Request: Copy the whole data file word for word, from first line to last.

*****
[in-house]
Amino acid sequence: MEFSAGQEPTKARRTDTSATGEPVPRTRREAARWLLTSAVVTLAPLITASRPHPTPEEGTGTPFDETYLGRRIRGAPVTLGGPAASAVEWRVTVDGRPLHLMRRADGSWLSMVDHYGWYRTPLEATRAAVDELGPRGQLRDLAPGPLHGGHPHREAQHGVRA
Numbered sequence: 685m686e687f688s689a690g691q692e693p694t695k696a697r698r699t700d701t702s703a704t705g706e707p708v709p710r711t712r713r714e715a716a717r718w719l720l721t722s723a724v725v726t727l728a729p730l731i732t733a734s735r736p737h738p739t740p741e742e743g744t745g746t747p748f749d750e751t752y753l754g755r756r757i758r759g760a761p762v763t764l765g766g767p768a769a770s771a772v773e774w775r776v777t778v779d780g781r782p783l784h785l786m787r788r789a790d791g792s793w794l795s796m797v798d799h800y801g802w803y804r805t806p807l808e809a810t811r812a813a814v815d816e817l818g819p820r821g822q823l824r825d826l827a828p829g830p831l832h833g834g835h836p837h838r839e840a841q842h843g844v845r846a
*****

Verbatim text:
[in-house]
Amino acid sequence: MEFSAGQEPTKARRTDTSATGEPVPRTRREAARWLLTSAVVTLAPLITASRPHPTPEEGTGTPFDETYLGRRIRGAPVTLGGPAASAVEWRVTVDGRPLHLMRRADGSWLSMVDHYGWYRTPLEATRAAVDELGPRGQLRDLAPGPLHGGHPHREAQHGVRA
Numbered sequence: 685m686e687f688s689a690g691q692e693p694t695k696a697r698r699t700d701t702s703a704t705g706e707p708v709p710r711t712r713r714e715a716a717r718w719l720l721t722s723a724v725v726t727l728a729p730l731i732t733a734s735r736p737h738p739t740p741e742e743g744t745g746t747p748f749d750e751t752y753l754g755r756r757i758r759g760a761p762v763t764l765g766g767p768a769a770s771a772v773e774w775r776v777t778v779d780g781r782p783l784h785l786m787r788r789a790d791g792s793w794l795s796m797v798d799h800y801g802w803y804r805t806p807l808e809a810t811r812a813a814v815d816e817l818g819p820r821g822q823l824r825d826l827a828p829g830p831l832h833g834g835h836p837h838r839e840a841q842h843g844v845r846a